– making comments about ending life or no longer “being around”
– changes in regular routine (loss of appetite, sadness or depression, etc.)
– substance abuse
– withdrawal from normal life activities, friends, or family
– planning for end of life (writing a will, etc.)
– impulsive activities abnormal for that person
This list is certainly not exhaustive, and it puts friends and family in the position of being the most likely people to notice changes in a loved one. This is where it’s important to understand the mindset of someone contemplating suicide. These behaviors may, in fact, be a plea for attention, but not for selfish reasons. They are asking for help. They are asking for someone to notice their pain and suffering and offer them a hand. Most importantly, this is a person who wants to be helped; they just may not know how to ask for it.
This can be a very frightening prospect for the person who notices these behaviors. Suicide, even today, is a very taboo topic in our culture. What do you do with someone who is suicidal? Do you cal the police? Do you just ignore it? What if I don’t want to deal with a suicidal person? These are tough questions that an individual must answer in deciding how to proceed. I’ve provided here some guidelines in helping get through these choices and find the appropriate help for the person in need.
First, never ignore a plea for help, whatever form it may present itself in. Acknowledge that this person is considering ending their own life. Acknowledge that they have come to you for help, or that you are the person who has noticed the signs of suicide. Confront that person compassionately, or tell someone who will. Suicide is a scary thing to think about, even for the person considering it. It’s important to confront with kindness, but to be direct. There are three questions that are important to ask as directly as possible.
1. Are you considering suicide/killing yourself/ending your own life?
2. Do you have a plan to kill yourself? A plan means a method of killing themselves (a gun, overdose, cutting with a blade, etc.).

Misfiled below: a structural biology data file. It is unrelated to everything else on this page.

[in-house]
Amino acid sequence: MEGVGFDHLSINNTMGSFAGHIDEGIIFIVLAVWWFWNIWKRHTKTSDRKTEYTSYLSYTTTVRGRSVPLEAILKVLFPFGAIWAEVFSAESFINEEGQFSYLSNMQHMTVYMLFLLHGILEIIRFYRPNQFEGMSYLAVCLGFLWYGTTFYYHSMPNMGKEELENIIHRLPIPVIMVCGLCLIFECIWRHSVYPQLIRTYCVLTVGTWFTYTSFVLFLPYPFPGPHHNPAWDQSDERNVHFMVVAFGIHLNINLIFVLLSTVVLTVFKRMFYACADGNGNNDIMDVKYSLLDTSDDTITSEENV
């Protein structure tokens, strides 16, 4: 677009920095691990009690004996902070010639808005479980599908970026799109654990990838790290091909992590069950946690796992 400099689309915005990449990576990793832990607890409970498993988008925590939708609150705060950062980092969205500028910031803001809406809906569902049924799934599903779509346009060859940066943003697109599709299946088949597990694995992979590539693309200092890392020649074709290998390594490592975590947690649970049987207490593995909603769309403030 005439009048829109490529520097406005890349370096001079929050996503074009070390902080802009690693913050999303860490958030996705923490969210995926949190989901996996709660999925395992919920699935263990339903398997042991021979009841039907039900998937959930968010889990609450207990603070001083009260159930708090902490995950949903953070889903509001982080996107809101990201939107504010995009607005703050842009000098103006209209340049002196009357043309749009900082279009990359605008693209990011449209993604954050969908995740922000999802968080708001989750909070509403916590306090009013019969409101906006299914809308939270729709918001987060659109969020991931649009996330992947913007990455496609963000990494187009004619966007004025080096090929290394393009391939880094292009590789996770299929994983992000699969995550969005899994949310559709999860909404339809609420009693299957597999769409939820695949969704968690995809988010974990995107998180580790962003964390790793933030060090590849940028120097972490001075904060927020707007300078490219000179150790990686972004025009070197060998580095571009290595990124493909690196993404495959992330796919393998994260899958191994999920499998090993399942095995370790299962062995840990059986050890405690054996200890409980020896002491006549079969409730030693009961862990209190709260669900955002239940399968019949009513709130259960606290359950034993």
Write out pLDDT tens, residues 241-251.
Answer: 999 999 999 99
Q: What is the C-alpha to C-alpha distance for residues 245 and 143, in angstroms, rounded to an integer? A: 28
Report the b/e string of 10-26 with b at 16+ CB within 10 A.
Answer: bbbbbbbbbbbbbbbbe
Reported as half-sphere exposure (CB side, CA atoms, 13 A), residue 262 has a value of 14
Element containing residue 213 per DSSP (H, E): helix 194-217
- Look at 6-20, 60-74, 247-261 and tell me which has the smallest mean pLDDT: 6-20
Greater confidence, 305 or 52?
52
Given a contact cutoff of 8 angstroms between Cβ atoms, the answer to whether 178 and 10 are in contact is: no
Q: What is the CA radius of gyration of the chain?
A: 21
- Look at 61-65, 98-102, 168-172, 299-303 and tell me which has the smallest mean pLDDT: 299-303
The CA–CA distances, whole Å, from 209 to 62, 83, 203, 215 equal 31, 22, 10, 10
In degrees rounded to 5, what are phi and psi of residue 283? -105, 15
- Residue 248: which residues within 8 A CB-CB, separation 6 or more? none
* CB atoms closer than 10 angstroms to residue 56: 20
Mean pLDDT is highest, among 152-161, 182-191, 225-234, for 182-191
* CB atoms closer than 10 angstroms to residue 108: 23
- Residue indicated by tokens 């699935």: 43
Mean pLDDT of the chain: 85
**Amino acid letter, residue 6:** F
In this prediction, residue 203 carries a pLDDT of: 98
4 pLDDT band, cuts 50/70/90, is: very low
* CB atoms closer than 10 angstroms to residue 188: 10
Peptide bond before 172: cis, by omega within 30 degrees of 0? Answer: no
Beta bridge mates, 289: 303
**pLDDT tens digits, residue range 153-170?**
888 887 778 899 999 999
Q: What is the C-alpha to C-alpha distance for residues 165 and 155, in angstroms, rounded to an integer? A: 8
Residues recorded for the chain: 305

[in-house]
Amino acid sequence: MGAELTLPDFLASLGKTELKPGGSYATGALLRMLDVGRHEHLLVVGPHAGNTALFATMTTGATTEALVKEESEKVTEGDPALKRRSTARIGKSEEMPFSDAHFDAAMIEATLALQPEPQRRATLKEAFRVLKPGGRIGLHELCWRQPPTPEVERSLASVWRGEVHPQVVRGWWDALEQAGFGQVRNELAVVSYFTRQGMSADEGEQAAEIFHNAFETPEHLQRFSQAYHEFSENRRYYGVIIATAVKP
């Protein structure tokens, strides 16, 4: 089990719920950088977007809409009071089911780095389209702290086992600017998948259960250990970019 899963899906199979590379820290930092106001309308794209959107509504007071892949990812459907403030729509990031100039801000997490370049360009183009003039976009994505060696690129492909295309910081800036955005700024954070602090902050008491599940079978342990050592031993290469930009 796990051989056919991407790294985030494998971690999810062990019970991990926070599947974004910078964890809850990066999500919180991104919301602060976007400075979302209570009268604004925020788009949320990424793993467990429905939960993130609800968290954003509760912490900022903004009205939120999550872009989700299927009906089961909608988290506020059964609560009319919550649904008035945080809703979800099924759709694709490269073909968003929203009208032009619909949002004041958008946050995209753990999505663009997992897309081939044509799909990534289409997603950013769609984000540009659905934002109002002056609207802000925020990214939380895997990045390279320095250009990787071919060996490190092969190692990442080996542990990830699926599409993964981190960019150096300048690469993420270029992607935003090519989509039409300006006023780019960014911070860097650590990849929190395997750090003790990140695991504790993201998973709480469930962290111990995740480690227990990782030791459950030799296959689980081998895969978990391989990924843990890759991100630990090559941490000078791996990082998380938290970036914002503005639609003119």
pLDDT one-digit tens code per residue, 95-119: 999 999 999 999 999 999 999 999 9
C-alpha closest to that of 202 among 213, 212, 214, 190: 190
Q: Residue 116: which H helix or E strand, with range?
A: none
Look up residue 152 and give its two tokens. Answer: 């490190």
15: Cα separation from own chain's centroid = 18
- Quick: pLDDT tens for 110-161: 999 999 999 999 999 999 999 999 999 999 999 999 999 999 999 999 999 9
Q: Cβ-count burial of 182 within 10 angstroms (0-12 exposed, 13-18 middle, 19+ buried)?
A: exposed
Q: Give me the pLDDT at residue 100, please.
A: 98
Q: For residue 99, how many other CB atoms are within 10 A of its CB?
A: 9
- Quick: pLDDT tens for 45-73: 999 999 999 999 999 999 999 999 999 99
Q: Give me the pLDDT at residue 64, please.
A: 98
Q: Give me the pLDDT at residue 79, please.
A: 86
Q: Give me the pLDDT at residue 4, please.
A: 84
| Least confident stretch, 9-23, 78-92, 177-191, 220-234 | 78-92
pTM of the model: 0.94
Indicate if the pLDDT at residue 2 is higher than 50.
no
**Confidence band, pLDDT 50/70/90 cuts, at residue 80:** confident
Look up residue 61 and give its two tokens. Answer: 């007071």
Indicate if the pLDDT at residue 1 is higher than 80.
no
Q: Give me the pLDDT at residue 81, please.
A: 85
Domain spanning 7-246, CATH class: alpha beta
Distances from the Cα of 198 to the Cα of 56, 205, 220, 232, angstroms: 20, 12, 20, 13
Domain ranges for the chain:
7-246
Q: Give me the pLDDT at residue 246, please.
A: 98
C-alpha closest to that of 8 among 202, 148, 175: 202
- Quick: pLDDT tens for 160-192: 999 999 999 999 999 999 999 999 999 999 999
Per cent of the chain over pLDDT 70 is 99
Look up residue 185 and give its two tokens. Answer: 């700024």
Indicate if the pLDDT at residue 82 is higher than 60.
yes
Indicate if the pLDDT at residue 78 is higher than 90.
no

3. Do you know when you would kill yourself? Try to identify if the suicidal person has decided when and/or where they would end their life.
A “yes” answer to any of these questions is a serious red flag and should be treated with respect and sincerity.
Second, don’t go it alone. Chances are you are not equipped to help a suicidal person beyond that first intervention (see above). Immediately refer that person to a health care professional or suicide hotline (they can call Careline, Alaska’s hotline at 1-907-452-4357 or text “4help” to 839863). Make them promise you that they won’t hurt themselves in any way until they seek some kind of help. Help them make the appointment to see someone. Do not allow them to make casual promises to “do something.” Make them swear up and down to you that they will seek help, and make a specific plan together as to what they will do. This may sound harsh, but it’s a very effective way of obligating that person to another task in life before attempting death.
Third, follow up this process with self-care. Dealing with a suicidal person can be unnerving at best and emotionally traumatizing at worst. Seek out activities and people who can help you process this experience. Call Careline yourself and talk through what you’ve just experienced. Suicide is sneaky in that thoughts of a suicidal experience can fester and turn ugly inside of us if we don’t address it head on.